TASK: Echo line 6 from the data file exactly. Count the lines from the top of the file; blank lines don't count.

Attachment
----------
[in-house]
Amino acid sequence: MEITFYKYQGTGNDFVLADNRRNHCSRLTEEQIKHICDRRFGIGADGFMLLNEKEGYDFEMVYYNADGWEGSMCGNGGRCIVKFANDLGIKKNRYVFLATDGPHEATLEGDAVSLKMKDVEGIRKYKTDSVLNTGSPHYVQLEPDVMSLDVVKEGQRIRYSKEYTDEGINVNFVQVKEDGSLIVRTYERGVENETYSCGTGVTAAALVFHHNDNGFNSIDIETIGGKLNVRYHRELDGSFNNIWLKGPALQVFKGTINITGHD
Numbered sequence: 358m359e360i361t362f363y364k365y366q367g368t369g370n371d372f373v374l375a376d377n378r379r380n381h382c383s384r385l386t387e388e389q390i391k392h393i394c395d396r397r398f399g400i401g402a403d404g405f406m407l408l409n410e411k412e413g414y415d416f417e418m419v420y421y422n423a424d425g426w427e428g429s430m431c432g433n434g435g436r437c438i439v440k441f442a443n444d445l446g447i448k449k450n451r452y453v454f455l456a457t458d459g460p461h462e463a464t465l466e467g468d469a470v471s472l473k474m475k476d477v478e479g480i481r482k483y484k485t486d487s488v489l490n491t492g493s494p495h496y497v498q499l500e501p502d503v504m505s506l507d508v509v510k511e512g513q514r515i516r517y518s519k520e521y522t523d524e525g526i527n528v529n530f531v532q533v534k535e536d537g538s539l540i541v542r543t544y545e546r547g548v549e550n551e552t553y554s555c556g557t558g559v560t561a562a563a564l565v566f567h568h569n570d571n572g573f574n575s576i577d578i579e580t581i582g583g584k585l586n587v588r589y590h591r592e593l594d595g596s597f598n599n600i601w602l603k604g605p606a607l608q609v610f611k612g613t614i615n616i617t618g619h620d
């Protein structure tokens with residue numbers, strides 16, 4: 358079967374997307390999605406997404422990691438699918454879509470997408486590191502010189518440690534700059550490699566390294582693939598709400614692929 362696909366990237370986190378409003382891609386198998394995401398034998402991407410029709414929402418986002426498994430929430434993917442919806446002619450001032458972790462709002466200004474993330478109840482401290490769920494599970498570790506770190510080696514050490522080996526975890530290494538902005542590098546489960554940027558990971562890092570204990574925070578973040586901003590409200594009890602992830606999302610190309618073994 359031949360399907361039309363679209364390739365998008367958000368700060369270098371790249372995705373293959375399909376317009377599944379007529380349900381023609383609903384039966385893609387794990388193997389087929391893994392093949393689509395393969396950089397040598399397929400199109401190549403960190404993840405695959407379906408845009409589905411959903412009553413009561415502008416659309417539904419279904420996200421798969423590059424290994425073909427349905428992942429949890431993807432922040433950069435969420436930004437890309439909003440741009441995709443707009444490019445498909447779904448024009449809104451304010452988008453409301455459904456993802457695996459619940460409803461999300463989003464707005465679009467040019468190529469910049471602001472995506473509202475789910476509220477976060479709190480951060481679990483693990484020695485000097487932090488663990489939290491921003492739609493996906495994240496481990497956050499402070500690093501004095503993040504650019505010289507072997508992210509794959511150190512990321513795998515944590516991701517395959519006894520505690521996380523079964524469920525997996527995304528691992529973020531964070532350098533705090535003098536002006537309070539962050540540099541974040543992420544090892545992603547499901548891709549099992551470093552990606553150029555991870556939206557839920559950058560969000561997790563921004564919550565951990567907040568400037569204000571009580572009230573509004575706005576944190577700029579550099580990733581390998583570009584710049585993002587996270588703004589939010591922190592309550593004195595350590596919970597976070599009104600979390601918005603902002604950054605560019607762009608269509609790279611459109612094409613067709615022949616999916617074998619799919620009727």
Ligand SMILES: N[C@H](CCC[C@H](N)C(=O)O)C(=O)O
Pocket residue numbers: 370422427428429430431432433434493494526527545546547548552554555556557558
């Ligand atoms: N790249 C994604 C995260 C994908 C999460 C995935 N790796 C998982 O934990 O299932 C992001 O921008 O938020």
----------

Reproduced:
Pocket residue numbers: 370422427428429430431432433434493494526527545546547548552554555556557558